Risk vs. Reward, living on a barrier island or beachfront is a beautiful and rewarding thing, but with that comes the risk of getting your home destroyed by mother nature. It comes with the territory, and anybody who has chosen to live there should have been ready for this day to come. It's not a matter of if, it's a matter of when. You don't put up a major seawall for these areas, you either move somewhere safer, or roll the dice once again, it's that simple.

  5. i hate to be that guy but to justify building again by saying "storms happen" is quite silly. Why rebuild in a place you know will get destroyed again. i love the beach as much as the next guy and would love to live next to it but have some common knowledge of what is going to happen and just live inland. save yourself money stress and fear and let the barrier island be and let them go about their natural processes without any structural interruptions. we will all be a little safer and avoid further catastrophe.

  6. #16
    Join Date
    May 2006
    Lewes, DE
    There is a whole lot to this debate. Here are a few topics to be discussed:

    Human development is impeding on the natural coastal marsh land and other natural barriers. The easiest example to point out is New Orleans... They diverted the Mississippi which prevented the the natural deposition offshore to protect the area. The land sinks below sea level and all geologists were aware of the pending disaster waiting to happen.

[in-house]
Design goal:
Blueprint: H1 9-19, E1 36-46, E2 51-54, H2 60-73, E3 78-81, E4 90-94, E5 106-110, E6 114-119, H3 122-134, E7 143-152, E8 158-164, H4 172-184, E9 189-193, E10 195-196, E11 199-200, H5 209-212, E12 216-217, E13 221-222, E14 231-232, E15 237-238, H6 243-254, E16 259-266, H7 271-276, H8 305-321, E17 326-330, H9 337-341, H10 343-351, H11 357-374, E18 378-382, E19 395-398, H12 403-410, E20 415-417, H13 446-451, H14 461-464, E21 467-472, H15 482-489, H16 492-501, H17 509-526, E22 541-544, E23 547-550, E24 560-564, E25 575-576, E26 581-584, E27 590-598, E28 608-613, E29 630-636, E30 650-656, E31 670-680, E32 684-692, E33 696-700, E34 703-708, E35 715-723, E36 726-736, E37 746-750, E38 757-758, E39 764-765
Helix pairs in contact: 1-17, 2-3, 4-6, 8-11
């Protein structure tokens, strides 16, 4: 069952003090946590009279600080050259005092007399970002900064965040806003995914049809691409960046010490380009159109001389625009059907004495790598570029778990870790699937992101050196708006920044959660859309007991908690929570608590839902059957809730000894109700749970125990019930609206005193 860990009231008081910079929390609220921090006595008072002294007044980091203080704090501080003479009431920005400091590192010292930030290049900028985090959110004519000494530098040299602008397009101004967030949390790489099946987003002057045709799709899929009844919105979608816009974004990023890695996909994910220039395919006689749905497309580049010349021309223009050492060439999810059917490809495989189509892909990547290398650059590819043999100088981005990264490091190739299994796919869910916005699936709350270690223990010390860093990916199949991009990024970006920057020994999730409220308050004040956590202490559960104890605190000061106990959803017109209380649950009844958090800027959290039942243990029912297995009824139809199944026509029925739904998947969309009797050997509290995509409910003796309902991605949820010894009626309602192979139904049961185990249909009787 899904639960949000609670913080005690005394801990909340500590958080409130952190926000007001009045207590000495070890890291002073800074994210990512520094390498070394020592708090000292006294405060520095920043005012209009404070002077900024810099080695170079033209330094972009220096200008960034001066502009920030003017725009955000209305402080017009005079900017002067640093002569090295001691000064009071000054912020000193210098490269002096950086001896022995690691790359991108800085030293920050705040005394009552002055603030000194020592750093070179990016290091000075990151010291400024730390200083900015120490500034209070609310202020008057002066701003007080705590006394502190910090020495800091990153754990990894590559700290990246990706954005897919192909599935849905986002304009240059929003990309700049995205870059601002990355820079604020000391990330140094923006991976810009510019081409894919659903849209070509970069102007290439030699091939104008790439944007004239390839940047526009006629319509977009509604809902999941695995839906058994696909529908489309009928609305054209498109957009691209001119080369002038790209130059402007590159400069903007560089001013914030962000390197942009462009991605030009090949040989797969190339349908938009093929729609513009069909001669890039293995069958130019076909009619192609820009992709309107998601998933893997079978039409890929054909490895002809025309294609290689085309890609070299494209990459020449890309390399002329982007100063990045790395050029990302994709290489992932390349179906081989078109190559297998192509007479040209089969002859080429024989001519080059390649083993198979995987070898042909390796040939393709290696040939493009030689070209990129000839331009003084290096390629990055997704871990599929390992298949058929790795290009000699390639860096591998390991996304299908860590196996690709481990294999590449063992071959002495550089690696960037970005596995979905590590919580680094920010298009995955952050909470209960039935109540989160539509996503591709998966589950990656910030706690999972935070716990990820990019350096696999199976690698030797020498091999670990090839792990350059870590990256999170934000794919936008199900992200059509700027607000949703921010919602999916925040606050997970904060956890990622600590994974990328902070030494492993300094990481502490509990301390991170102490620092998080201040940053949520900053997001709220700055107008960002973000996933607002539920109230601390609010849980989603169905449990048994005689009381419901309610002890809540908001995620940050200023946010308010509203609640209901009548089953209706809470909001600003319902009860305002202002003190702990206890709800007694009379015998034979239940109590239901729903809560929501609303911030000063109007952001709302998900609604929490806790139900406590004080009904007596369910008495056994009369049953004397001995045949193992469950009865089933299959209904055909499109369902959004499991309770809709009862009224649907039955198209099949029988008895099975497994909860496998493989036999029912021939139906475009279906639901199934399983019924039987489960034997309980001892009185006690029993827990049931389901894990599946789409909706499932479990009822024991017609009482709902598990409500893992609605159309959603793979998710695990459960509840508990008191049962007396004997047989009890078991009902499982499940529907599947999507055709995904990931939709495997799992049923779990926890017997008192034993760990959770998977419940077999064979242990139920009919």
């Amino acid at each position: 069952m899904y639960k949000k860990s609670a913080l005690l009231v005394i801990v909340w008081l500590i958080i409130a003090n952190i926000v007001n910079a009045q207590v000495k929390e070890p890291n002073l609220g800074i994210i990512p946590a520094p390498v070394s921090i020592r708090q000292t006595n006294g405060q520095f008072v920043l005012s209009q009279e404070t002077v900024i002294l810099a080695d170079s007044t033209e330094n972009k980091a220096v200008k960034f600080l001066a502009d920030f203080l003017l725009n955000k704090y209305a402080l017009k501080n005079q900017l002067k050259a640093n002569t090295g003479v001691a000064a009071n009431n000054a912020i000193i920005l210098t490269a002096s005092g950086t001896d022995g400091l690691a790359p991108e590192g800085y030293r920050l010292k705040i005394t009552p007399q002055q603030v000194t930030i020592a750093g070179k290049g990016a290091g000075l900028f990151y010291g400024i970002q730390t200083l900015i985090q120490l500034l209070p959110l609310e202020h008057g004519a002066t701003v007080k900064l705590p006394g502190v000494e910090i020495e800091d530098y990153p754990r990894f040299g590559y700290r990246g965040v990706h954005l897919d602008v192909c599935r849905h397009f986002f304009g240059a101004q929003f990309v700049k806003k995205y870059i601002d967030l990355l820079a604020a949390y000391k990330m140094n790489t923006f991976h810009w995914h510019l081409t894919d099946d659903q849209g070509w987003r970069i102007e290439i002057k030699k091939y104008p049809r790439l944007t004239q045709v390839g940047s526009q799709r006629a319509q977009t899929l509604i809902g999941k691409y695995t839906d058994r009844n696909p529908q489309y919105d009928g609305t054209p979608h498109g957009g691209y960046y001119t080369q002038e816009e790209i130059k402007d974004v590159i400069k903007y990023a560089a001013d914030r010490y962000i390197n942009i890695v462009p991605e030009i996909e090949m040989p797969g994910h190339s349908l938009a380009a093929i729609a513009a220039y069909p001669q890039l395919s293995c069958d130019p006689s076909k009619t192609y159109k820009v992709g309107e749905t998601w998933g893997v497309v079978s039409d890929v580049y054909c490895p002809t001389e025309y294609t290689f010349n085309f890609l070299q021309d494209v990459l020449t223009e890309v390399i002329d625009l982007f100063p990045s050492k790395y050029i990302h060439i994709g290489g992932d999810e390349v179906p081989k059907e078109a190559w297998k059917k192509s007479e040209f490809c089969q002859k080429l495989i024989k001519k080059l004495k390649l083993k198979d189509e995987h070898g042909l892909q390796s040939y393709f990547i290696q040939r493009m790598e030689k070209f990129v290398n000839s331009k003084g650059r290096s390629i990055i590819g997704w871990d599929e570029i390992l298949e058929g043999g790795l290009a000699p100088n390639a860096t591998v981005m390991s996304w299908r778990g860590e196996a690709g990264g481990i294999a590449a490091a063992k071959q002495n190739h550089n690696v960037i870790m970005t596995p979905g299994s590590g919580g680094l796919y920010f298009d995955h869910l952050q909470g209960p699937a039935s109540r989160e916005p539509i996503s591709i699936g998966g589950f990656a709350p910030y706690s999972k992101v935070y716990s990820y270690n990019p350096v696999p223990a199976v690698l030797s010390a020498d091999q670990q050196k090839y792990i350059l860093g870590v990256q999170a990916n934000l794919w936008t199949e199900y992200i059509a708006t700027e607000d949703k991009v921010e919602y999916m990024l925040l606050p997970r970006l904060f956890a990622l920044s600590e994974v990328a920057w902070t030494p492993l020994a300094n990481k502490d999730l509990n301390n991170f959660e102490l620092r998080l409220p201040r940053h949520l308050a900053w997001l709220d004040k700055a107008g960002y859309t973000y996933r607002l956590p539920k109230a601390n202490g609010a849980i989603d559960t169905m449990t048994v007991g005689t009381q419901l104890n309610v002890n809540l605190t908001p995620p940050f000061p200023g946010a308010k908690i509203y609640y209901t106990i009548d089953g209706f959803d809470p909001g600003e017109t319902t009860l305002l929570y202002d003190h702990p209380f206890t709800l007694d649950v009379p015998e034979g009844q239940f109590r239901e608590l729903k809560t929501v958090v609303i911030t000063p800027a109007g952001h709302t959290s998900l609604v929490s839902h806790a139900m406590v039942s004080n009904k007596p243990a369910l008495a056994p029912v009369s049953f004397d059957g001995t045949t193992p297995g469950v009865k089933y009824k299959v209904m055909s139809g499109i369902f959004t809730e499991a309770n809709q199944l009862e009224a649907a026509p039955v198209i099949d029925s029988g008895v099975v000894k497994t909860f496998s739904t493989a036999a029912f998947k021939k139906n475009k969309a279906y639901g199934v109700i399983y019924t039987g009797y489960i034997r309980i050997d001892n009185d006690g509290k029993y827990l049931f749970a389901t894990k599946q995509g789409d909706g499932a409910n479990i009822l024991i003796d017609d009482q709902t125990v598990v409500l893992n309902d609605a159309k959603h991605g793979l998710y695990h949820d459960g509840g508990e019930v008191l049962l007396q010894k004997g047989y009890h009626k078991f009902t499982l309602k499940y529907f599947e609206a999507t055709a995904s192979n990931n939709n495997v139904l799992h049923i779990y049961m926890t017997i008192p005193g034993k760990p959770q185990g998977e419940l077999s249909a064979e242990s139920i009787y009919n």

Similarly, any meteorologist is/was aware of doom's day scenarios with hurricane's coming onshore in the metropolitan northeast. High population, lots of coastal development... Disaster waiting to happen.

    Outside of preventing coastal development -
    It seems to make sense that the people building residential development on the coast should take the financial burden when destruction comes. But, when everyone Else's tax dollars goes to supporting the inevitable destruction, then there are some obvious and legitimate arguments to be made.
    Last edited by Swellinfo; Nov 5, 2012 at 08:36 PM.

  7. #17
    Join Date
    Sep 2010
    Another reason why the federal governments FEMA bailouts of property owners should be reviewed. I agree that individuals should have the right to build wherever. But if a storm comes don't ask for federal insurance compensation or any other type of government assistance/subsidization. Ironically this article was in the times this morning:

  8. #18
    Join Date
    Aug 2012
    Turtle Island
    We're so f**ked it's not even funny. People, or at least the masses of, will never wake up.

  9. #19
    Well, right now there are thousands of people living in NJ/NY that don't have a pot to piss in right now. Why don't you head over to Point Pleasant and discuss climate change? OR you can come down with some blankets, winter hats, gloves, boots, water, batteries, dog/cat food for the animal shelters that are overrun, and some gas. I'm lucky enough to work in PA and get online. In case you haven't noticed, most NJ guys are still offline. You can debate climate change with us when we have gas/power/clean water again. Thanks

  10. #20
    Correct me if I am wrong... But, isn't there a "seawall" that runs down Ocean Ave. in Monmouth County, NJ? I'm pretty sure Monmouth Beach got worked by Sandy and the "seawall" didn't do a damn thing...